"There are some risks associated with inducing birth, including the increased risk of a Caesarean or haemorrhaging. "If this was their second child and it was induced one week before the due date, then it shouldn't have been too risky. "I would certainly not advise an induction more than 10 days before the due date." Richard Wright arrived at Goodison in the summer from Arsenal in a £3.5m transfer and a series of spectacular performances have boosted his chances of being picked as the next regular England goalkeeper.

Yobo is fan-tastic
Dec 18 2002 By David Randles, icLiverpool
WAYNE ROONEY may have stole the show against Blackburn on Saturday but one man was on top of the world before a ball had even been kicked. Everton fan, Jack Roberts felt like the luckiest man alive when he was chosen to present Blues' defender Joseph Yobo with his PFA Fans' Player of the Month Award for November. Jack won the chance to present Yobo with his award after voting for the player via icLiverpool and couldn't hide his delight after meeting the Blues star on the hallowed Goodison turf prior to kick-off: It was absolutely fantastic and a great day," he said. "Everton really looked after us from start to finish and we even bumped into Bill Kenwright who was great." "I've never been on the pitch before and it was such a buzz being so close to David Moyes and to see all the players warming up before kick-off. "I even saw myself on the big screen and had my name announced in front of what was almost a full house which has got to be every Evertonian's dream." Jack and his wife got the full VIP treatment with a meal and drinks in the Joe Mercer Suite before presenting Yobo with his award, but it wasn't just personal congratulations that the 32-year-old had for the Nigerian International. Once Jack found out that Yobo had won the award he acted swiftly to inform the Nigerian team's official website, SuperEagles.com. On hearing the news that one of their own had won the PFA Fans' Award, site editor, Jossey Ogbuanoh sent Jack a message of congratulations to pass on to Yobo who is the first player to represent his country in this manner.
A lifelong Evertonian, the now Surrey-based fan originally hails from Bangor in North Wales and gets his allegiance from his mother who is from Edge Hill. However, as most of us point to family links for supporting our teams, Jack's family ties to Goodison Park come with more than a hint of foundation. His grandad, Ted Foreman actually played for the Toffees' reserves in the 1940s. Since then most of his family have been True Blue at heart. Although Jack has been based down south for the past 12 years he still tries to get to as many games as possible and keeps in touch with goings on at Goodison via icliverpool. He is also a member of the largest Everton Supporters Club in the London area (ESCLA) which sates his Blues' appetite somewhat. Any guesses for the topic of conversation at the next meeting? To give yourself a chance of meeting your favourite player start voting now for December's PFA Fans' Player-of-the-Month.

Len Capeling's quotes of the year - Pt II
Dec 18 2002 Daily Post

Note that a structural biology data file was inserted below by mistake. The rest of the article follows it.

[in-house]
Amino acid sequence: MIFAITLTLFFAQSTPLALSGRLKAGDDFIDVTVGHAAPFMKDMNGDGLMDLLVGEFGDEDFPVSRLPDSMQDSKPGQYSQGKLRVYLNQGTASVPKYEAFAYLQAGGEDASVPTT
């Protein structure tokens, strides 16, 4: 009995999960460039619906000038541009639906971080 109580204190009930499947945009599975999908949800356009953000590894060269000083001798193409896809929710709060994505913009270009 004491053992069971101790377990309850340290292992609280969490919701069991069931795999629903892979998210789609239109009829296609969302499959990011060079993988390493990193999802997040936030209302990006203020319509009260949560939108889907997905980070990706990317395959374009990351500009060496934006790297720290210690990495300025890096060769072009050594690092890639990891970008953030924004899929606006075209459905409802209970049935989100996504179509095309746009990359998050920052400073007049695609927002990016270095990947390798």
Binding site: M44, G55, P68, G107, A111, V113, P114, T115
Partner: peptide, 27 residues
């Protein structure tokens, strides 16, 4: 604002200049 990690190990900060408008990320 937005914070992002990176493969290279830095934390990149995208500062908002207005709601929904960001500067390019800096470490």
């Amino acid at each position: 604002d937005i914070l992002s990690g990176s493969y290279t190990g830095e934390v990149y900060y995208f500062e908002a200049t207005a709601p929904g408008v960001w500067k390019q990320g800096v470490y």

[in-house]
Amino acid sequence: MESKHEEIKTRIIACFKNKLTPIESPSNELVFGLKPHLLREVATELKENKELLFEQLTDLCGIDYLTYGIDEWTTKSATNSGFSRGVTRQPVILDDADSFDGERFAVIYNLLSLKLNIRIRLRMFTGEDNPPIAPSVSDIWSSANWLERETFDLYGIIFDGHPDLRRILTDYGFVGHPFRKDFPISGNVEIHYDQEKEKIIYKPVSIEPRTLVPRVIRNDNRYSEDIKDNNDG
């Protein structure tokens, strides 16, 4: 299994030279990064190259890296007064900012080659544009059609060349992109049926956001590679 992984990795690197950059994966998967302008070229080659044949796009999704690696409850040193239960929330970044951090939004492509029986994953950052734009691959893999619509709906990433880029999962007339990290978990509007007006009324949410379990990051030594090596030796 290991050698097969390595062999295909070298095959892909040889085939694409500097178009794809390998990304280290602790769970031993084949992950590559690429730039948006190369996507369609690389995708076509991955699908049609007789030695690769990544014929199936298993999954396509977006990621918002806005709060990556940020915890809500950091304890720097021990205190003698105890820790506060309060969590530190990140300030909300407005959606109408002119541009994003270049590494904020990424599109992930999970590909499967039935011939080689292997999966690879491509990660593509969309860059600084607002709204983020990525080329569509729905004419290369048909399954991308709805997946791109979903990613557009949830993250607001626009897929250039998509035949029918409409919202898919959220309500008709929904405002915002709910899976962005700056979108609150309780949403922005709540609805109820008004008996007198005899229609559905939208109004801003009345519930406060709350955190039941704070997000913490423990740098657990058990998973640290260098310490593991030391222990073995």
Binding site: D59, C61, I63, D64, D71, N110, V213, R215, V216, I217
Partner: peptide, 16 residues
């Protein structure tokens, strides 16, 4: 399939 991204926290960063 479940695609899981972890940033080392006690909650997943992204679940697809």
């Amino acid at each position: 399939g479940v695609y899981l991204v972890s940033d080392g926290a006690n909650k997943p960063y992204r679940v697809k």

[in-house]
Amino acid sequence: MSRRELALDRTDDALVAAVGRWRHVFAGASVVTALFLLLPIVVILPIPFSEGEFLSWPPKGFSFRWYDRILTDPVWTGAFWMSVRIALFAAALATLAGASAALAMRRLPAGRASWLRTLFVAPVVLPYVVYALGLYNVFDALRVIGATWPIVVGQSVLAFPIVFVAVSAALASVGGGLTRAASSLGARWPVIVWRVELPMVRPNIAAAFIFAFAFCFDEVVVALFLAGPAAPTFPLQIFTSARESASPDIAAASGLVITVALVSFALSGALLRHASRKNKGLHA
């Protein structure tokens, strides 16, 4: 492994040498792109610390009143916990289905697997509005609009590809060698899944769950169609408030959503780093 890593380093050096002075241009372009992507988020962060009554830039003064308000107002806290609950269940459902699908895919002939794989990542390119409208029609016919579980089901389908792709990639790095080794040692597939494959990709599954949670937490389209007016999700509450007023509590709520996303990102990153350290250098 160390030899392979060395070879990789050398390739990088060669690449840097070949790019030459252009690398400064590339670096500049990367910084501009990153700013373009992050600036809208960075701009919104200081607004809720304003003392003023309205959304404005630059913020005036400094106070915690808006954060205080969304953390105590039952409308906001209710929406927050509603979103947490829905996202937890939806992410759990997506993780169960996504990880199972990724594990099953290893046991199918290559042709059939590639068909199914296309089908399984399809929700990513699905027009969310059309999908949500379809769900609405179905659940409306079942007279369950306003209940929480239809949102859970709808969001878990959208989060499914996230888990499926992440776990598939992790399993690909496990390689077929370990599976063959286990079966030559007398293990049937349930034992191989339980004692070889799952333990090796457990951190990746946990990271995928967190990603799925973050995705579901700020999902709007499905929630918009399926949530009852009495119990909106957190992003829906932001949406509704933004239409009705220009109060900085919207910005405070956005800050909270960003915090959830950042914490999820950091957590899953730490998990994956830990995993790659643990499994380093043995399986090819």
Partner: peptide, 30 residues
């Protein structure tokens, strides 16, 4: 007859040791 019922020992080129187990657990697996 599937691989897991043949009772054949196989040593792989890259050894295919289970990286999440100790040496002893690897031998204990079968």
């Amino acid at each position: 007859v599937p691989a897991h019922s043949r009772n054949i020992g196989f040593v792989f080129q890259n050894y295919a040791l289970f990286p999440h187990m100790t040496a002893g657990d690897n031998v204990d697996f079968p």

Alex Ferguson is basically an old-fashioned manager and his tactical prowess is negligible. When you have a fantastic horse, the jockey doesn't have to be great. - Dismissive words from third-choice Chelsea keeper Mark Bosnich, turfed out of Old Trafford by Sir Alex. Later in the season Bosnich failed a drugs test. The thing is, at least I can't get another injury now. - Looking on the sunny side. David Beckham broke a bone in his foot, putting his World Cup spot in jeopardy. I don't feel that Dale Cardoza and Kevin Crouthers displayed the quality necessary to wear the Warrington shirt. - Wolf howl from coach Dave Plange after a shaming 58-4 loss to Wigan Warriors. Phil Thompson did Liverpool proud and it is a real pleasure to admit my error. - Sports columnist Patrick Collins admitting he got it "hopelessly, utterly, emphatically" wrong when he ridiculed the appointment of Thommo as stand-in for Gerard Houllier. You're all f***ing idiots! - End of term assessment of hated sport-writers from an empty-handed Sir Alex Ferguson. What are all those asterisks in the newspapers? - Playful query from Arsene Wenger (Fergie's deadliest rival) whose Arsenal side brought the Frenchman his second Double. They didn't lose away in the league all season, winning at Anfield despite playing most of the match with 10 men. There are a lot of covers-ups here sometimes. Some players need to look at themselves. I'm not sure that happens enough at this club. When players don't do their job it's bloody frustrating. Only two of us did really well, Ruud van Nistelrooy and David Beck-ham. - Captain Roy Keane uncorking his anger after a season on the slide. This was before the explosion in the Pacific. Everyone thinks they have the prettiest wife. - Clever putdown from Arsene Wenger after Sir Alex Ferguson insisted that no matter what Arsenal did, Manchester United remained the country's No.1 team. Cisse is a monster. He's a dazzling talent who fell into football straight from birth. - Marseille's Pascal Nouma on Liverpool's continuing target, goalscoring sensation Djibril Cisse. I want to kill Lewis. What did you expect when you took me out of the ghetto and gave me $50m? - Mike Tyson, as ever, the the very essence of charm before his world heavyweight showdown with Lennox Lewis in Memphis. Would I go back to England? God, no! - Steve McManaman winning his second European Cup medal with Real Madrid and deeply attached to his reign in Spain. As a bonus, someone sent the boyhood Blue a brand new Everton shirt with his name on it. Nil. - My colleague Mark Lawrenson's opening comment on England's World Cup prospects. The lads will see their women, but only after the first round. They must learn to moderate their sexual appetites. - So that's why Italy opted to go home early, they needed home comforts more than a lecture on abstinence from coach Giovanni Trapattoni. We burn referees like that at the stake. - Italy skipper Paolo Maldini who thought referee Graham Poll's refereeing in the controversial game against Croatia was local league standard. Well, we could have told him that. Thankfully, Poll didn't survive too long afterwards. I think we got what we deserved. - Arsenal midfielder Patrick Vieira on France's early exit from the World Cup. They were the pre-tournament favourites. I am going back up there and you can add an Irishman's name to the list of the fallen. - Republic of Ireland captain, Roy Keane, contemplating a one-way trip to Suicide Hill on the Pacific island of Saipan. Instead, he committed another kind of suicide by publicly pounding manager Mick McCarthy. I have never had to listen to such foulmouthed abuse from any footballer. I have never witnessed such an attack from any human being in any walk of life in my life. - Mick McCarthy on Keane's vitriolic out-burst which ended the Manchester United man's international career. Or did it?